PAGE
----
So we get the pseudo Offspring opener ‘My Valentine’ to the decidedly dodgy eurovision-metal of ‘The Devil’s Wine’, although there is a fine bridge buried in the track which makes you wish the song had been built from that.  Jayce has obviously discovered Van Halen recently (and bought himself a EVH MXR Phase 90) for the pseudo VH of ‘Drama Queen’ (complete with Atomic Punk intro rip off) which is pretty bad and the solo spot of ‘Abduction’ (a pseudo Eruption if you will – get the ironic title?).  There are some more successful moments in the likes of the melodic metal of ‘Skyscraper’  and the euro metal of ‘Invasion’ but its diminishing returns elsewhere.

Jayce Landberg is certainly a competent enough player, but his song writing is just not up to scratch.  The amount of variety in style (and quality) also seems to work against the albums identity and you get the impression there are too many cook books in the Landberg kitchen.  There are moments to suggest Landberg could make a decent album but sadly ‘Good Sleepless Night’ isn’t it. Better luck next time.

Rating – 40%


Out now on Frontiers Records

A new melodic rock project on Frontiers, featuring a lot of familiar names. Daniele Liverani, Tommy Ermolli, DC Cooper, Mark Boals…The usual suspects rather than prime.

The music is as surprising as the members. Insta-AOR. Some good songs, some weaker tunes. It all sounds rather generic and uninspired.

While the musicianship is beyond reproach the production isn’t exactly up to snuff. The drums and guitars sound cheap and the keyboards are overbearing.

There has to be a market for these projects, because Frontiers can’t seem to get enough of them.

Not exactly the best one in the bunch, this.

Rating – 60%
Review by Sancho


Out Now on Mascot Records

Seven the Hardway is a 5-piece progressive rock/metal band formed in 2009 by guitar virtuoso Tony MacAlpine (Steve Vai, Planet X, CAB), legendary drummer Virgil Donati (Planet X) and renowned vocalist Mark Boals (Uli Jon Roth, Royal Hunt, Yngwie Malmsteen).  Joining MacAlpine, Donati and Boals are bass player Doug Shreeve and 21 year old Argentinian newcomer Stefanía Daniel on guitar though this pair according to the complete lack of their names in any capacity on the inlay booklet suggest they have joined after completion of the album for live work as Macalpine is also credited with bass on the album in addition to Guitar and keyboards.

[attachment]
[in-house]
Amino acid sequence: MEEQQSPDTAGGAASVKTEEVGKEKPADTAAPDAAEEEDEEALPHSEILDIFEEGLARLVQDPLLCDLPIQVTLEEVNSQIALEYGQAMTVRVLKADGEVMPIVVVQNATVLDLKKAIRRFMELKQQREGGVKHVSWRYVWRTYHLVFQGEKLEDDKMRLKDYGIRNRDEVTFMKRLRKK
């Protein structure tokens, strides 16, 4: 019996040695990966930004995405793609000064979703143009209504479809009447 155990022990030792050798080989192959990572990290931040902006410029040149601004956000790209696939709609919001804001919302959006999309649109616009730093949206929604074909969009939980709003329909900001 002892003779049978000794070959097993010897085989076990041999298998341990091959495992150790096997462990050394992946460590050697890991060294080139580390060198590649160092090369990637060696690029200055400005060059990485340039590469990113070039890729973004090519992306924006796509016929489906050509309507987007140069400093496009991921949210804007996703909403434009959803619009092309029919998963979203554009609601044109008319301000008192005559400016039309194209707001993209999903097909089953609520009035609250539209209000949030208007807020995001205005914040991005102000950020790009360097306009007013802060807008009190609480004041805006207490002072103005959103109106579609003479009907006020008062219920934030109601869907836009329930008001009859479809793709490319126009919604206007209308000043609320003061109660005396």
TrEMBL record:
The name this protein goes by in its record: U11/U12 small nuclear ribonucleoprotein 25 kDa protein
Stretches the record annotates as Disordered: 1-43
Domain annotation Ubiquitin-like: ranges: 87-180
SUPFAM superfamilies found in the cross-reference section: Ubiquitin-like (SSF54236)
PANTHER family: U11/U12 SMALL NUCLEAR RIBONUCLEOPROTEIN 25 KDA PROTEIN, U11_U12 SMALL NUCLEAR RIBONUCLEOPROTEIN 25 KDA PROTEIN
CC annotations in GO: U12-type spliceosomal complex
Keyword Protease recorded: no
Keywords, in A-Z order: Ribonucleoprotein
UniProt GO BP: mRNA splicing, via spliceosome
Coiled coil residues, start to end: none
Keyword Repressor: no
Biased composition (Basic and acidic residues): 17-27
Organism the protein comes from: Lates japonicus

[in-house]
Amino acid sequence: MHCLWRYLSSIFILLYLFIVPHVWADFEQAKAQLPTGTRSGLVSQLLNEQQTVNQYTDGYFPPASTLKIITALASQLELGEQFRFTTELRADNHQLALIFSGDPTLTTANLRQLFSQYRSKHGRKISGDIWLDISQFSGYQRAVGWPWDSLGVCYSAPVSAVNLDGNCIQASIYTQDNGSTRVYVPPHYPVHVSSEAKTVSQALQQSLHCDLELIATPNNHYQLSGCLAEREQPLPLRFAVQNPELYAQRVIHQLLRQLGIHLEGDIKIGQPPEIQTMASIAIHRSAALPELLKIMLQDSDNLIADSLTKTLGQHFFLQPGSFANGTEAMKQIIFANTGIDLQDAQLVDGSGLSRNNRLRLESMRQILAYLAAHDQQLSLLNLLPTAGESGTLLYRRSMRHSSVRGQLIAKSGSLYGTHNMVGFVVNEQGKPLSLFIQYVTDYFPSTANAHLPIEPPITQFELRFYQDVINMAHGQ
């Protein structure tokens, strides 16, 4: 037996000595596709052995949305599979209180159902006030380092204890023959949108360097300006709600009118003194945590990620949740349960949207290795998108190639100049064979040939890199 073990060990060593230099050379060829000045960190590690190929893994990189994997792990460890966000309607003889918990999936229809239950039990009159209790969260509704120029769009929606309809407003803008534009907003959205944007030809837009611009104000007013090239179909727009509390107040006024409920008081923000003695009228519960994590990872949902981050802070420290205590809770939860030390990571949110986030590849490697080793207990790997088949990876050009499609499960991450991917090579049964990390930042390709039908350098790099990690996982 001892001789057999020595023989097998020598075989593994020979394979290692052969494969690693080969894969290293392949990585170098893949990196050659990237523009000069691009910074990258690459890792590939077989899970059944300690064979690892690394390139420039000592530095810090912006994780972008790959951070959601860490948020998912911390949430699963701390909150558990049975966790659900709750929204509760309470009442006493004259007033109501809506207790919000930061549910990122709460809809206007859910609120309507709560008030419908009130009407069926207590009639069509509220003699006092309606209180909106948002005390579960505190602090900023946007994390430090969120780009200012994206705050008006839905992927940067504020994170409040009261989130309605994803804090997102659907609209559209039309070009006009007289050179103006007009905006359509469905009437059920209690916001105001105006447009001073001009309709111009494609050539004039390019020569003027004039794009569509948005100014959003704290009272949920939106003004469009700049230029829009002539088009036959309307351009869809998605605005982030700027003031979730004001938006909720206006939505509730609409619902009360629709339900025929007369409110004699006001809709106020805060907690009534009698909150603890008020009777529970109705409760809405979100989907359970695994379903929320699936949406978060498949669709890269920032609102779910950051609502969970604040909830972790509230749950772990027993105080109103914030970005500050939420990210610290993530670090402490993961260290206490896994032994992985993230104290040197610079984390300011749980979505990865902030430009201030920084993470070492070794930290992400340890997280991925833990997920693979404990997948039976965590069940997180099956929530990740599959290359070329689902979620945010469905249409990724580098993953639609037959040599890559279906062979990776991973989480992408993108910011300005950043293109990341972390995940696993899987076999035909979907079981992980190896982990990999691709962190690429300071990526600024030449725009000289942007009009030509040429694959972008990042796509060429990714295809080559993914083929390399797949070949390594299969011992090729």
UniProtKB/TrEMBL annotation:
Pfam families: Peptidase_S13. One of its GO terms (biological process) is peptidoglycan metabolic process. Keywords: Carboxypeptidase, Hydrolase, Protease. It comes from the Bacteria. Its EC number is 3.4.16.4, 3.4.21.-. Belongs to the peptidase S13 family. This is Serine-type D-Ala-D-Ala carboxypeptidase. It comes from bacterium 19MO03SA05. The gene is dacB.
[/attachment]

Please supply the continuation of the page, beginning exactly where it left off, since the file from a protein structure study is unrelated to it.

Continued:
This 10 track debut album has been mixed by Roy Z and is a completely different kettle of fish to when the core trio last collaborated in the neo-classical band Ring Of Fire.  Musically this is being marketed as progressive yet alternative metal might well be a better genre to go with.  Vocally this is far away from anything I have really heard from Boals.  Gone is the trademark operatic wail to be replaced by a much darker timbre and in the case of opener “Liar” a bit of an need to be Layne Staley and Jerry Cantrell rolled into one with Alice In Chains style vocal harmonies.  Not what was expected at all. 

The vocal weirdness is prevalent pretty much throughout the album yet hits its nadir with the mock rapping of “Guilt” – yes really.  The AIC ism’s return for “Solitary Man” over a nice odd time signature dirge of a riff from T-Mac which does fare a little better.    The dark acoustic tone of “Where I’m Going” is better, yet “All I Had” is trying to be modern metal and is a complete write-off to these ears and I have to ask, Is Boals singing off key on purpose?   “Blame” plays around a riff the likes of Soundgarden might get away with yet lacks any staying power.  “The Wall” offers up hope with a faster tempo and is as progressive as the album gets in its musicality and even Boals appears to be trying a little harder here, yet we are treated (cough) to some vocal fx just in-case we might get a hint of the Boals of old, or so it feels like.  And so the album progresses until closure, and nothing manages to raise the quality level.

When I first received this album I was rather excited.  3 of my favourite musicians over the years, who have made excellent music both collectively and individually in the past, this should have been good.  That excitement quickly disappeared.  Vocally its dated already, perhaps more so than Boals operatic wailings from the Yngwie days, musically there is the odd peak but not anywhere near enough to maintain any real interest.  Progressive fans will find this samey and dare I say it bland, modern alternative metal fans will most likely look at the personnel and dismiss it straight away and the grunge boat sailed 15 years ago so it’s hard to see what audience this will appeal to?  Perhaps I am missing the point completely? All I know is that is a huge disappointment from start to finish and is topped off by poor artwork, which coincidentally bears no resemblance to the look being portrayed on the bands new website!